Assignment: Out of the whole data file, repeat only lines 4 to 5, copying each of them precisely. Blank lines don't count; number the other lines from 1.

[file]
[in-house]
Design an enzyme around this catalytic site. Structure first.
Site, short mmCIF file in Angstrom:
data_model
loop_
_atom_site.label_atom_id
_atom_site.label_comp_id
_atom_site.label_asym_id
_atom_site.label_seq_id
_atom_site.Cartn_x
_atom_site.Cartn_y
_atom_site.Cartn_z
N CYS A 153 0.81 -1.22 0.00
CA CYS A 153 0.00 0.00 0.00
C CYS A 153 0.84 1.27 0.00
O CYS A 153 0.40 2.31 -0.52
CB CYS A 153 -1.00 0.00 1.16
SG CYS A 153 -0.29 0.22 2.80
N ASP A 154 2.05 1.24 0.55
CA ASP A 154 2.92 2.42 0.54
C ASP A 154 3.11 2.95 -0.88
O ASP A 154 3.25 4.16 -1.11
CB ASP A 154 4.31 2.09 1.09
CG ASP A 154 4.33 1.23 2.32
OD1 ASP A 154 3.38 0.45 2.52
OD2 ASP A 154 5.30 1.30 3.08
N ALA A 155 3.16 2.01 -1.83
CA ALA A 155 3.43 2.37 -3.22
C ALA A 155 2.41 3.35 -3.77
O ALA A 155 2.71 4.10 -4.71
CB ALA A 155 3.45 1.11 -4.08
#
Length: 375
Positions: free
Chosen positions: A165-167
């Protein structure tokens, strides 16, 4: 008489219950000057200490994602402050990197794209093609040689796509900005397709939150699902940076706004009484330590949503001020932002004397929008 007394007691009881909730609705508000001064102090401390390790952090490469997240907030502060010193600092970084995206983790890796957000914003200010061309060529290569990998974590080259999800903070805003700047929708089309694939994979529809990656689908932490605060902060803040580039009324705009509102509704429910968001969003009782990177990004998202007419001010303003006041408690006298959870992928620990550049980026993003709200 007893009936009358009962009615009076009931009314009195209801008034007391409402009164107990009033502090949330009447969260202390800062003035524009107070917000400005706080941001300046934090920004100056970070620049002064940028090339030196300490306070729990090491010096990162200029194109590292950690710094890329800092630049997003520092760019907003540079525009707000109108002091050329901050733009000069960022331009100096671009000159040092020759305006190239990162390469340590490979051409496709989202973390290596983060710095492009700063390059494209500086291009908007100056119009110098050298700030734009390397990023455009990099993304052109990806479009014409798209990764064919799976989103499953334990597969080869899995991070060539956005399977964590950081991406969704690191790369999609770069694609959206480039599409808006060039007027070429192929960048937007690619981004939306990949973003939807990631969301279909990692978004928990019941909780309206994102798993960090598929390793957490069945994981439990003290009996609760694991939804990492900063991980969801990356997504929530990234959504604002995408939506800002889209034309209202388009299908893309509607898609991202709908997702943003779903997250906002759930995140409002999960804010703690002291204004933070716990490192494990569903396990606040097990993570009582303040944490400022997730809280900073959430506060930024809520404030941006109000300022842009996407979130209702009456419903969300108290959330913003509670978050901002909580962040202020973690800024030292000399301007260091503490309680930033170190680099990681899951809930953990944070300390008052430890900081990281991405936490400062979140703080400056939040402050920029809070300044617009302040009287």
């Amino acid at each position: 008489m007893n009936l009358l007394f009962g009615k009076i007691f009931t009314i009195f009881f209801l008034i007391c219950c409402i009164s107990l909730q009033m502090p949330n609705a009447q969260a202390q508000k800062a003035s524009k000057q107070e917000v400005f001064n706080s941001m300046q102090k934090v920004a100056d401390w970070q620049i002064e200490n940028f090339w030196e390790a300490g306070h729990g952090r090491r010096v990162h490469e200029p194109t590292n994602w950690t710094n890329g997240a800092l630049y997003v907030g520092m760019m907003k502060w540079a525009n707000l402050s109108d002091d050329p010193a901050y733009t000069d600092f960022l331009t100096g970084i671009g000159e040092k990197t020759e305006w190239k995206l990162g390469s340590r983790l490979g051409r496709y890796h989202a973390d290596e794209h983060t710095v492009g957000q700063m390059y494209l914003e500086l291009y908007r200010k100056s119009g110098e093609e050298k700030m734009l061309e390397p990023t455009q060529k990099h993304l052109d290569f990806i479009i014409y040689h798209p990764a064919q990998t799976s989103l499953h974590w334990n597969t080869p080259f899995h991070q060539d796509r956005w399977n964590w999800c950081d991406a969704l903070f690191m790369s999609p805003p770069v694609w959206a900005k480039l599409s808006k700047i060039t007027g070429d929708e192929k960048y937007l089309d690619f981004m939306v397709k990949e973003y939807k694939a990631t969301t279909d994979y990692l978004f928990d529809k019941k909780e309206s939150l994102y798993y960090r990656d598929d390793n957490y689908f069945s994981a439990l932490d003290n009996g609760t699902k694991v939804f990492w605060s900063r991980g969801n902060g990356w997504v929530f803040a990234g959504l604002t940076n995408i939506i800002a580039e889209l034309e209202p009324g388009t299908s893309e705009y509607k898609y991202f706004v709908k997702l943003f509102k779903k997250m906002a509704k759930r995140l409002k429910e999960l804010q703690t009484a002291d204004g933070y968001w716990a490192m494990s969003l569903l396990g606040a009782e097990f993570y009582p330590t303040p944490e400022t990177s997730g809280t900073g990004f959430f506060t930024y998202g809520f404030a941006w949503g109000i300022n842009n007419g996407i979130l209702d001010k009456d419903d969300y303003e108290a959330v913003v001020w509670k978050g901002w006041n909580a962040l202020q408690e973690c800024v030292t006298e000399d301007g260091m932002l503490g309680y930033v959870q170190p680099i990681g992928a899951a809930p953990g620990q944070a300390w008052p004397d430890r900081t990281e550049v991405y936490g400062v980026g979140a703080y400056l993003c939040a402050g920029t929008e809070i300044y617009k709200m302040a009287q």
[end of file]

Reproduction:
data_model
loop_